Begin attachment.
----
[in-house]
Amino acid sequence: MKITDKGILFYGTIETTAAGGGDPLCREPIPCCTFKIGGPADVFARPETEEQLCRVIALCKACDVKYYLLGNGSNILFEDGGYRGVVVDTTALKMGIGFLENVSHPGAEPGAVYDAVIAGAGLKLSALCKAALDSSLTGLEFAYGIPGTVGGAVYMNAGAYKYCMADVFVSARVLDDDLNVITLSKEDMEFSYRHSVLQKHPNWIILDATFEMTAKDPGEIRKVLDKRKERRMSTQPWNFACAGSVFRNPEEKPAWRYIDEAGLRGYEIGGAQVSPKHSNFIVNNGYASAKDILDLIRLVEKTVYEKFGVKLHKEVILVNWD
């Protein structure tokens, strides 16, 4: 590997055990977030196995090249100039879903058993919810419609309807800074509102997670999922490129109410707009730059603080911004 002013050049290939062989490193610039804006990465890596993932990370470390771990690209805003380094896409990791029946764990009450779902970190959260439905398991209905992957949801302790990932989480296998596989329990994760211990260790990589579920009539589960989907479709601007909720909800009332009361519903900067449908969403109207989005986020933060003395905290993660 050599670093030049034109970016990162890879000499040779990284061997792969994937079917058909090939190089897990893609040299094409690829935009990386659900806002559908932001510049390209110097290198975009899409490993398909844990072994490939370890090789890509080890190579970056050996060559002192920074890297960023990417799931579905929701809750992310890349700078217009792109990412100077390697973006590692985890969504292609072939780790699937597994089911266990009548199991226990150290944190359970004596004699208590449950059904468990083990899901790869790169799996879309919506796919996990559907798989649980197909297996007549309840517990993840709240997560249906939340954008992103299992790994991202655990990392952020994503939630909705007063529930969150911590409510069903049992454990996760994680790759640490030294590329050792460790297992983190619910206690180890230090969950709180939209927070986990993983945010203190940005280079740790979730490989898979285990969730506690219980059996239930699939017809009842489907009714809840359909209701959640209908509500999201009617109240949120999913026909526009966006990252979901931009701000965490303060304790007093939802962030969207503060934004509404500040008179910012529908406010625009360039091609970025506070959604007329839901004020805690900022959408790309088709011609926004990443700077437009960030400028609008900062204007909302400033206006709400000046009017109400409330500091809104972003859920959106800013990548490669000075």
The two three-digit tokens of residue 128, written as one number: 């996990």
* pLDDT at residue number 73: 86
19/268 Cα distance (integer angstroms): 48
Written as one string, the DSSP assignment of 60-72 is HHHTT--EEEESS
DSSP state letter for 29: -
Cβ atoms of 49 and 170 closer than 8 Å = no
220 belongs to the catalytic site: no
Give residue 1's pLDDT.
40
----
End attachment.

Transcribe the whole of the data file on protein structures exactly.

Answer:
[in-house]
Amino acid sequence: MKITDKGILFYGTIETTAAGGGDPLCREPIPCCTFKIGGPADVFARPETEEQLCRVIALCKACDVKYYLLGNGSNILFEDGGYRGVVVDTTALKMGIGFLENVSHPGAEPGAVYDAVIAGAGLKLSALCKAALDSSLTGLEFAYGIPGTVGGAVYMNAGAYKYCMADVFVSARVLDDDLNVITLSKEDMEFSYRHSVLQKHPNWIILDATFEMTAKDPGEIRKVLDKRKERRMSTQPWNFACAGSVFRNPEEKPAWRYIDEAGLRGYEIGGAQVSPKHSNFIVNNGYASAKDILDLIRLVEKTVYEKFGVKLHKEVILVNWD
């Protein structure tokens, strides 16, 4: 590997055990977030196995090249100039879903058993919810419609309807800074509102997670999922490129109410707009730059603080911004 002013050049290939062989490193610039804006990465890596993932990370470390771990690209805003380094896409990791029946764990009450779902970190959260439905398991209905992957949801302790990932989480296998596989329990994760211990260790990589579920009539589960989907479709601007909720909800009332009361519903900067449908969403109207989005986020933060003395905290993660 050599670093030049034109970016990162890879000499040779990284061997792969994937079917058909090939190089897990893609040299094409690829935009990386659900806002559908932001510049390209110097290198975009899409490993398909844990072994490939370890090789890509080890190579970056050996060559002192920074890297960023990417799931579905929701809750992310890349700078217009792109990412100077390697973006590692985890969504292609072939780790699937597994089911266990009548199991226990150290944190359970004596004699208590449950059904468990083990899901790869790169799996879309919506796919996990559907798989649980197909297996007549309840517990993840709240997560249906939340954008992103299992790994991202655990990392952020994503939630909705007063529930969150911590409510069903049992454990996760994680790759640490030294590329050792460790297992983190619910206690180890230090969950709180939209927070986990993983945010203190940005280079740790979730490989898979285990969730506690219980059996239930699939017809009842489907009714809840359909209701959640209908509500999201009617109240949120999913026909526009966006990252979901931009701000965490303060304790007093939802962030969207503060934004509404500040008179910012529908406010625009360039091609970025506070959604007329839901004020805690900022959408790309088709011609926004990443700077437009960030400028609008900062204007909302400033206006709400000046009017109400409330500091809104972003859920959106800013990548490669000075």
The two three-digit tokens of residue 128, written as one number: 């996990």
* pLDDT at residue number 73: 86
19/268 Cα distance (integer angstroms): 48
Written as one string, the DSSP assignment of 60-72 is HHHTT--EEEESS
DSSP state letter for 29: -
Cβ atoms of 49 and 170 closer than 8 Å = no
220 belongs to the catalytic site: no
Give residue 1's pLDDT.
40